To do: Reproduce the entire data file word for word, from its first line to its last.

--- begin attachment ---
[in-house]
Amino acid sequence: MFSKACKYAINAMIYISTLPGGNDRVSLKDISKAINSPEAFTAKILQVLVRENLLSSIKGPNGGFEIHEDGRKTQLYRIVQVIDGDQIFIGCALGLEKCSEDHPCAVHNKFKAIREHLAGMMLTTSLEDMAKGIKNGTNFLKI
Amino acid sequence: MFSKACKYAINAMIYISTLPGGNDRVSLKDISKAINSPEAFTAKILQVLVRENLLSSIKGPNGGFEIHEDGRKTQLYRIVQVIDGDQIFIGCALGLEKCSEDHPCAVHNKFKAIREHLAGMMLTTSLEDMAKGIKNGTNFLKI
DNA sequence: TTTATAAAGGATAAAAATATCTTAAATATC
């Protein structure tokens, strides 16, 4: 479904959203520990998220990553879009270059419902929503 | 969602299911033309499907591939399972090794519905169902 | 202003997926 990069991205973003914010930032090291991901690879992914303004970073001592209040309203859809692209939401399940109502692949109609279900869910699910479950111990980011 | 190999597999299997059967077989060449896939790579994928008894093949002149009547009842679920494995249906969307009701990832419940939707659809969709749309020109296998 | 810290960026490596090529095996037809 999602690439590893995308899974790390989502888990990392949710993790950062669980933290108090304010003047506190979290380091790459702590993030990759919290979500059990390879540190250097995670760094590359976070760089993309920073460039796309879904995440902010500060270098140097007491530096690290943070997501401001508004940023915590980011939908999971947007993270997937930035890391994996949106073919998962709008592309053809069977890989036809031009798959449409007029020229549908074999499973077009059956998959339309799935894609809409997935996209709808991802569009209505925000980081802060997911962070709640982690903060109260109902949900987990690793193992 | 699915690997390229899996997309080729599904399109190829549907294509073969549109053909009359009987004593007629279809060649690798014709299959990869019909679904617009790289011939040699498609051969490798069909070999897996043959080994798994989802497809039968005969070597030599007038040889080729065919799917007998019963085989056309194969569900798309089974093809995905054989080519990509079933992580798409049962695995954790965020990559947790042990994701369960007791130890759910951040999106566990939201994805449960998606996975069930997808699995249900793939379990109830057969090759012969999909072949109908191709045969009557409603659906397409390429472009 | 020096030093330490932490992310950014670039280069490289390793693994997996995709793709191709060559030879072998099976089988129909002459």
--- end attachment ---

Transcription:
[in-house]
Amino acid sequence: MFSKACKYAINAMIYISTLPGGNDRVSLKDISKAINSPEAFTAKILQVLVRENLLSSIKGPNGGFEIHEDGRKTQLYRIVQVIDGDQIFIGCALGLEKCSEDHPCAVHNKFKAIREHLAGMMLTTSLEDMAKGIKNGTNFLKI
Amino acid sequence: MFSKACKYAINAMIYISTLPGGNDRVSLKDISKAINSPEAFTAKILQVLVRENLLSSIKGPNGGFEIHEDGRKTQLYRIVQVIDGDQIFIGCALGLEKCSEDHPCAVHNKFKAIREHLAGMMLTTSLEDMAKGIKNGTNFLKI
DNA sequence: TTTATAAAGGATAAAAATATCTTAAATATC
């Protein structure tokens, strides 16, 4: 479904959203520990998220990553879009270059419902929503 | 969602299911033309499907591939399972090794519905169902 | 202003997926 990069991205973003914010930032090291991901690879992914303004970073001592209040309203859809692209939401399940109502692949109609279900869910699910479950111990980011 | 190999597999299997059967077989060449896939790579994928008894093949002149009547009842679920494995249906969307009701990832419940939707659809969709749309020109296998 | 810290960026490596090529095996037809 999602690439590893995308899974790390989502888990990392949710993790950062669980933290108090304010003047506190979290380091790459702590993030990759919290979500059990390879540190250097995670760094590359976070760089993309920073460039796309879904995440902010500060270098140097007491530096690290943070997501401001508004940023915590980011939908999971947007993270997937930035890391994996949106073919998962709008592309053809069977890989036809031009798959449409007029020229549908074999499973077009059956998959339309799935894609809409997935996209709808991802569009209505925000980081802060997911962070709640982690903060109260109902949900987990690793193992 | 699915690997390229899996997309080729599904399109190829549907294509073969549109053909009359009987004593007629279809060649690798014709299959990869019909679904617009790289011939040699498609051969490798069909070999897996043959080994798994989802497809039968005969070597030599007038040889080729065919799917007998019963085989056309194969569900798309089974093809995905054989080519990509079933992580798409049962695995954790965020990559947790042990994701369960007791130890759910951040999106566990939201994805449960998606996975069930997808699995249900793939379990109830057969090759012969999909072949109908191709045969009557409603659906397409390429472009 | 020096030093330490932490992310950014670039280069490289390793693994997996995709793709191709060559030879072998099976089988129909002459």